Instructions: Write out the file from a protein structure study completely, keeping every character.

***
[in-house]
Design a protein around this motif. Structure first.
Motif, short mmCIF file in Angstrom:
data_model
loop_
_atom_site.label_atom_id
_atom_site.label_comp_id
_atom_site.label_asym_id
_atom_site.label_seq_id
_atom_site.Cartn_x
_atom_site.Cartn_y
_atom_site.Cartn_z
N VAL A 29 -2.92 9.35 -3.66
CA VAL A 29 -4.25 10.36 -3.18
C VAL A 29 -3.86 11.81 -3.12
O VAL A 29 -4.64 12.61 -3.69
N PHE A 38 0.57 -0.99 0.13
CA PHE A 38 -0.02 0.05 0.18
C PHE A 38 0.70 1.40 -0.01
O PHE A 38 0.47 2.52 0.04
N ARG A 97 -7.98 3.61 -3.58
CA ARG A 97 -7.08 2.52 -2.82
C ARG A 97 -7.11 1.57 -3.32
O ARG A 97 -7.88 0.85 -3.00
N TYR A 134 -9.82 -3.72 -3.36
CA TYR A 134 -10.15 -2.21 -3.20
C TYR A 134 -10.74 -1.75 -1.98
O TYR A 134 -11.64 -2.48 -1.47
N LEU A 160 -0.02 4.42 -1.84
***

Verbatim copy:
[in-house]
Design a protein around this motif. Structure first.
Motif, short mmCIF file in Angstrom:
data_model
loop_
_atom_site.label_atom_id
_atom_site.label_comp_id
_atom_site.label_asym_id
_atom_site.label_seq_id
_atom_site.Cartn_x
_atom_site.Cartn_y
_atom_site.Cartn_z
N VAL A 29 -2.92 9.35 -3.66
CA VAL A 29 -4.25 10.36 -3.18
C VAL A 29 -3.86 11.81 -3.12
O VAL A 29 -4.64 12.61 -3.69
N PHE A 38 0.57 -0.99 0.13
CA PHE A 38 -0.02 0.05 0.18
C PHE A 38 0.70 1.40 -0.01
O PHE A 38 0.47 2.52 0.04
N ARG A 97 -7.98 3.61 -3.58
CA ARG A 97 -7.08 2.52 -2.82
C ARG A 97 -7.11 1.57 -3.32
O ARG A 97 -7.88 0.85 -3.00
N TYR A 134 -9.82 -3.72 -3.36
CA TYR A 134 -10.15 -2.21 -3.20
C TYR A 134 -10.74 -1.75 -1.98
O TYR A 134 -11.64 -2.48 -1.47
N LEU A 160 -0.02 4.42 -1.84